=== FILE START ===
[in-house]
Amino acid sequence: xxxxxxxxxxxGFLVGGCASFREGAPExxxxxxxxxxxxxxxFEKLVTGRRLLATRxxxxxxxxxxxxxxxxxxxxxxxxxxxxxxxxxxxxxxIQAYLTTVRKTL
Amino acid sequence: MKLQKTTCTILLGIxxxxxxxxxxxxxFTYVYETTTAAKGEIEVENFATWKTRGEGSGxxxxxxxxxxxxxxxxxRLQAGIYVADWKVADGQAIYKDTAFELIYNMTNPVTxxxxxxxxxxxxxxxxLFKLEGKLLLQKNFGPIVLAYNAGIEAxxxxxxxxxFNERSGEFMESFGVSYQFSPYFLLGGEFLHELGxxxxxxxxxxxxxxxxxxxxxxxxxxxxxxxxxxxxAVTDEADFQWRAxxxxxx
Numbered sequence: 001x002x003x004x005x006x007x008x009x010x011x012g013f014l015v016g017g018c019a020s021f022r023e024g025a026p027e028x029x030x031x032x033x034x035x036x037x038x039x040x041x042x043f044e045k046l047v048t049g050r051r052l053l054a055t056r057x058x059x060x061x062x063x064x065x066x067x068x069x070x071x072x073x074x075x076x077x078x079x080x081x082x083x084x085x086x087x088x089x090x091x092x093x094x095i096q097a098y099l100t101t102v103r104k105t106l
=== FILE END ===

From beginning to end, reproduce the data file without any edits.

[in-house]
Amino acid sequence: xxxxxxxxxxxGFLVGGCASFREGAPExxxxxxxxxxxxxxxFEKLVTGRRLLATRxxxxxxxxxxxxxxxxxxxxxxxxxxxxxxxxxxxxxxIQAYLTTVRKTL
Amino acid sequence: MKLQKTTCTILLGIxxxxxxxxxxxxxFTYVYETTTAAKGEIEVENFATWKTRGEGSGxxxxxxxxxxxxxxxxxRLQAGIYVADWKVADGQAIYKDTAFELIYNMTNPVTxxxxxxxxxxxxxxxxLFKLEGKLLLQKNFGPIVLAYNAGIEAxxxxxxxxxFNERSGEFMESFGVSYQFSPYFLLGGEFLHELGxxxxxxxxxxxxxxxxxxxxxxxxxxxxxxxxxxxxAVTDEADFQWRAxxxxxx
Numbered sequence: 001x002x003x004x005x006x007x008x009x010x011x012g013f014l015v016g017g018c019a020s021f022r023e024g025a026p027e028x029x030x031x032x033x034x035x036x037x038x039x040x041x042x043f044e045k046l047v048t049g050r051r052l053l054a055t056r057x058x059x060x061x062x063x064x065x066x067x068x069x070x071x072x073x074x075x076x077x078x079x080x081x082x083x084x085x086x087x088x089x090x091x092x093x094x095i096q097a098y099l100t101t102v103r104k105t106l